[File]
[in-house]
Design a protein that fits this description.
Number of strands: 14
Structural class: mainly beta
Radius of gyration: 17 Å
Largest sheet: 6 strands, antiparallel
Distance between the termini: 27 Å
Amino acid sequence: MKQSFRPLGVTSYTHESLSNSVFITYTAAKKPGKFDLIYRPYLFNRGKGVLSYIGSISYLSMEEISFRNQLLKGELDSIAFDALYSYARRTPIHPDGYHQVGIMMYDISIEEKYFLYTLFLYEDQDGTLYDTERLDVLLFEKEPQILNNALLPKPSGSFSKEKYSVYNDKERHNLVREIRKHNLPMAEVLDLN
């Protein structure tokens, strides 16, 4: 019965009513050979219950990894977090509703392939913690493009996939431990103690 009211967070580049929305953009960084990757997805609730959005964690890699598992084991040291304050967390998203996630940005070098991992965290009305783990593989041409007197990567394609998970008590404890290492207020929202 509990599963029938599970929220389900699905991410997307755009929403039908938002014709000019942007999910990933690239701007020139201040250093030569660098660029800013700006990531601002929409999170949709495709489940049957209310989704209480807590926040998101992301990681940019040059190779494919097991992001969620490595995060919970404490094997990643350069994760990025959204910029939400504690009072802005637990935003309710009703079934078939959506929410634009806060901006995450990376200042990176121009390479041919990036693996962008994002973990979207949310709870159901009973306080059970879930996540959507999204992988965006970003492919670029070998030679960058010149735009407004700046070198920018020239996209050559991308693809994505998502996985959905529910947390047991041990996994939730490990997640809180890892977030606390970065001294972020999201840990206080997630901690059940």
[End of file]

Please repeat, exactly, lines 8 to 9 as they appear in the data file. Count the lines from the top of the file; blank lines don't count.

Amino acid sequence: MKQSFRPLGVTSYTHESLSNSVFITYTAAKKPGKFDLIYRPYLFNRGKGVLSYIGSISYLSMEEISFRNQLLKGELDSIAFDALYSYARRTPIHPDGYHQVGIMMYDISIEEKYFLYTLFLYEDQDGTLYDTERLDVLLFEKEPQILNNALLPKPSGSFSKEKYSVYNDKERHNLVREIRKHNLPMAEVLDLN
């Protein structure tokens, strides 16, 4: 019965009513050979219950990894977090509703392939913690493009996939431990103690 009211967070580049929305953009960084990757997805609730959005964690890699598992084991040291304050967390998203996630940005070098991992965290009305783990593989041409007197990567394609998970008590404890290492207020929202 509990599963029938599970929220389900699905991410997307755009929403039908938002014709000019942007999910990933690239701007020139201040250093030569660098660029800013700006990531601002929409999170949709495709489940049957209310989704209480807590926040998101992301990681940019040059190779494919097991992001969620490595995060919970404490094997990643350069994760990025959204910029939400504690009072802005637990935003309710009703079934078939959506929410634009806060901006995450990376200042990176121009390479041919990036693996962008994002973990979207949310709870159901009973306080059970879930996540959507999204992988965006970003492919670029070998030679960058010149735009407004700046070198920018020239996209050559991308693809994505998502996985959905529910947390047991041990996994939730490990997640809180890892977030606390970065001294972020999201840990206080997630901690059940």